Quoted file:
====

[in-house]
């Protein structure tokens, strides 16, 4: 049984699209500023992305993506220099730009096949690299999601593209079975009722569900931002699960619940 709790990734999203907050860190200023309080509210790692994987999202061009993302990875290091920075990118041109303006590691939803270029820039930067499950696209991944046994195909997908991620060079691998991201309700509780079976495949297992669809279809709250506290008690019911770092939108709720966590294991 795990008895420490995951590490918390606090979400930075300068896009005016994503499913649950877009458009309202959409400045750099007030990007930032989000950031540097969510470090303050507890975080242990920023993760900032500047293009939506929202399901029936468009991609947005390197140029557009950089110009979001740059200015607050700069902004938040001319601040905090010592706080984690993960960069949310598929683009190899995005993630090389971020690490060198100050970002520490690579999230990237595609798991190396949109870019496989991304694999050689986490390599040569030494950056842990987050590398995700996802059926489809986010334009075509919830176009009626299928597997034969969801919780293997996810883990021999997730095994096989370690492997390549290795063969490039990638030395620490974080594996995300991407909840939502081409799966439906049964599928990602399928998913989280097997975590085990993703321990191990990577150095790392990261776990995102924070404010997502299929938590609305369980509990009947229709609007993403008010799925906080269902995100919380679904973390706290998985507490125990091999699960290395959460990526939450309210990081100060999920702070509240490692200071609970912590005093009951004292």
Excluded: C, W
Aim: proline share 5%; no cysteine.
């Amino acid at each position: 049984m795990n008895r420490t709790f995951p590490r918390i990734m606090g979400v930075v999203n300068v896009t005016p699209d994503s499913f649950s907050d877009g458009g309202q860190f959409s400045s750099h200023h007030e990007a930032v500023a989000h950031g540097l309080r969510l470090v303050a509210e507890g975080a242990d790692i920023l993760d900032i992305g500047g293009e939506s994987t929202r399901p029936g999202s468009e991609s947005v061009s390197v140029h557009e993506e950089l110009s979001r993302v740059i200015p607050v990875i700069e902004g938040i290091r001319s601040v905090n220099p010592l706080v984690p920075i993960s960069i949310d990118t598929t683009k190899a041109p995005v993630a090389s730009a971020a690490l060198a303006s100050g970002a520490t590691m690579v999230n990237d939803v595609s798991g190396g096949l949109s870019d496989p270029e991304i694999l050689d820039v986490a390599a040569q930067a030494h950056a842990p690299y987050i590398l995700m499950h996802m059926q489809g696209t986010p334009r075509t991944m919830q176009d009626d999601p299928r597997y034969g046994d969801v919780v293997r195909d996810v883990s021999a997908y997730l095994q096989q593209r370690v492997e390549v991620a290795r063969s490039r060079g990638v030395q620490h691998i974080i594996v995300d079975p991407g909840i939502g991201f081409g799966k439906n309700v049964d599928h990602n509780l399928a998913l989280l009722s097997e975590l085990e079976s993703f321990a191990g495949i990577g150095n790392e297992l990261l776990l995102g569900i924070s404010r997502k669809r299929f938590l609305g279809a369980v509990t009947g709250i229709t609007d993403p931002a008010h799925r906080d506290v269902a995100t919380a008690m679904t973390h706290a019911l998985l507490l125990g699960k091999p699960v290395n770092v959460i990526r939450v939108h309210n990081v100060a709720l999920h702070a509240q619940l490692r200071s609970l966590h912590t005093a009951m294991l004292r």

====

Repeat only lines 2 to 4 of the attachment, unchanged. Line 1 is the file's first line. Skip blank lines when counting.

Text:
């Protein structure tokens, strides 16, 4: 049984699209500023992305993506220099730009096949690299999601593209079975009722569900931002699960619940 709790990734999203907050860190200023309080509210790692994987999202061009993302990875290091920075990118041109303006590691939803270029820039930067499950696209991944046994195909997908991620060079691998991201309700509780079976495949297992669809279809709250506290008690019911770092939108709720966590294991 795990008895420490995951590490918390606090979400930075300068896009005016994503499913649950877009458009309202959409400045750099007030990007930032989000950031540097969510470090303050507890975080242990920023993760900032500047293009939506929202399901029936468009991609947005390197140029557009950089110009979001740059200015607050700069902004938040001319601040905090010592706080984690993960960069949310598929683009190899995005993630090389971020690490060198100050970002520490690579999230990237595609798991190396949109870019496989991304694999050689986490390599040569030494950056842990987050590398995700996802059926489809986010334009075509919830176009009626299928597997034969969801919780293997996810883990021999997730095994096989370690492997390549290795063969490039990638030395620490974080594996995300991407909840939502081409799966439906049964599928990602399928998913989280097997975590085990993703321990191990990577150095790392990261776990995102924070404010997502299929938590609305369980509990009947229709609007993403008010799925906080269902995100919380679904973390706290998985507490125990091999699960290395959460990526939450309210990081100060999920702070509240490692200071609970912590005093009951004292």
Excluded: C, W
Aim: proline share 5%; no cysteine.